About two years later, still in Denmark, Gottlob's sons Johann Georg and Johann Heinrich both married on the same day, 31 May 1763, in the colony of Hohn. [4]

  • Johann Heinrich married Margaretha Barbara Risch
  • Johann Georg married Elisabeth Schäfer

Information about Johann Heinrich's wife's family can also be found in The Immigration of German Colonists to Denmark and Their Subsequent Emigration to Russia in the Years 1759-1766. Margaretha Barbara Risch was the daughter of Johann Michael Risch. Her father's birth record follows, showing the Risch family was also from Starkenburg, Hesse-Darmstadt. [5] The families originally moved to Denmark together on 18 May 1761, and they most likely knew each other before they immigrated to Denmark. [6]

Turning the marsh lands into farmable land proved to be a failure. On 22 July 1763, Empress and Czarina Catherine II, more commonly known as Catherine the Great, issued a manifesto to her fellow Germans, inviting them to immigrate to Russia under very favorable conditions. [7] Her invitation extended to those Germans who had immigrated to Denmark between 1760 and 1765.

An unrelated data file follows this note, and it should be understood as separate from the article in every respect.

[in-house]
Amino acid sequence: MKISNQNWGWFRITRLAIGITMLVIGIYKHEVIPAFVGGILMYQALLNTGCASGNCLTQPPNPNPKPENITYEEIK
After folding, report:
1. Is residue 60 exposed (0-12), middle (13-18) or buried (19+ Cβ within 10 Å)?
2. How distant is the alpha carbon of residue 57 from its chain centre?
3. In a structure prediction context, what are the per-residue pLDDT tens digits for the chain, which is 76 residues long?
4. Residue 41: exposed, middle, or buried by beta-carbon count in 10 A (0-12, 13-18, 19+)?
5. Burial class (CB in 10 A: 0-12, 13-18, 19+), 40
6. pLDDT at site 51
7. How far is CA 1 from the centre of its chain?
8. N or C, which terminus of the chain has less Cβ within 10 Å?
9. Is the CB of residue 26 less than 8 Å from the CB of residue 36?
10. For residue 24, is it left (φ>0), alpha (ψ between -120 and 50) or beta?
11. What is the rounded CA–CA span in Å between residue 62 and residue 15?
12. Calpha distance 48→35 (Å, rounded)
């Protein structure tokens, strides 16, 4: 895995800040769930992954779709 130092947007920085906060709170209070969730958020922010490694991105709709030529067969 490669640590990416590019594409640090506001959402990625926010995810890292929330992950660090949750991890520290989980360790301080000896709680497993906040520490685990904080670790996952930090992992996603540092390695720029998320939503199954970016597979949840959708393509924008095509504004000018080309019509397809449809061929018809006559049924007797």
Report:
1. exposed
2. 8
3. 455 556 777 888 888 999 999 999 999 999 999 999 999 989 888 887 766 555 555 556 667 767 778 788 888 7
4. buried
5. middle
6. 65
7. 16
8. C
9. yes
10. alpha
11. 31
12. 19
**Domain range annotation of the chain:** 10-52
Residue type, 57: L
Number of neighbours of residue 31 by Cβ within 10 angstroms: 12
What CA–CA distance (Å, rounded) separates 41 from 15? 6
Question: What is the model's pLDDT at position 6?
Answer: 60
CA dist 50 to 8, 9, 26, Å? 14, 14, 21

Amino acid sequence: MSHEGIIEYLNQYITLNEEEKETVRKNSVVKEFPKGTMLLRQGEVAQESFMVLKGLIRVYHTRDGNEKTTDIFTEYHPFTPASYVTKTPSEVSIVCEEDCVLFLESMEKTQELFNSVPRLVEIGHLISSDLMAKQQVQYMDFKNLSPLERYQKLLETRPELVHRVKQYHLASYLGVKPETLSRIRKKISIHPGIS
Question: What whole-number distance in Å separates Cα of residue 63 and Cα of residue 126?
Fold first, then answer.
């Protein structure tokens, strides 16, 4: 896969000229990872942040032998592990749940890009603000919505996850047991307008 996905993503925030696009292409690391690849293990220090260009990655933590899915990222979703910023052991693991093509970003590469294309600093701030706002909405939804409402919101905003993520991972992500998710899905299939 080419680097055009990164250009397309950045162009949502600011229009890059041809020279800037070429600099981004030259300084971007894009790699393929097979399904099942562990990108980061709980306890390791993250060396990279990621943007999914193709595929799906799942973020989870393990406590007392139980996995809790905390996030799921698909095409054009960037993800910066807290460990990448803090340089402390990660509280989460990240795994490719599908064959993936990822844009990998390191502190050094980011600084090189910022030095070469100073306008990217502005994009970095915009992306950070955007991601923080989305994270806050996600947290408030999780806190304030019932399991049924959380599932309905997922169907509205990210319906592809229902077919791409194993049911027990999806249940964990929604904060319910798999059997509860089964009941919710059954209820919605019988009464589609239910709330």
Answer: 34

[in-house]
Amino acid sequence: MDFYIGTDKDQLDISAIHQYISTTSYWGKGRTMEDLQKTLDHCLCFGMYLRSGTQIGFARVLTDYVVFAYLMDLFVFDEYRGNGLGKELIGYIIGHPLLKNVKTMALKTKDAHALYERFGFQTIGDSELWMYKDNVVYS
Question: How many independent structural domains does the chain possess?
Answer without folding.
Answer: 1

A year and a half later, Johann Heinrich and Johann Georg decided to accept the offer and moved their families to Russia. They departed Denmark on 10 January 1765. [8] They were among the immigrants from Denmark who arrived in Russia before the main wave of German immigrants in 1766-1767. They were taken first to a temporary home in one of the older, established colonies along the Volga River, such as Dobrinka. Once the larger group of colonists arrived in the spring and summer of 1767, they were resettled in Grimm. Since the Meisners don't appear in the 1767 Grimm census, they obviously moved to Grimm at a later date, but before 1775. [9]

The family appears in the 1775 Grimm census under the name Meniner, which appears to be misspelled and missing the letter s. Danish records and later Volga colony census records spell the name Meisner, the most consistent spelling of the surname, which was the spelling used in this profile as his last name at birth.


1775 Grimm Census [10]

Family # 41
Head of the Household Johann Heinrich Meniner [?], age 31
Wife Margareta [sic] Barbara [Risch] Meniner, age 27
Child #1 Alexander Meniner, age 7 years 6 months.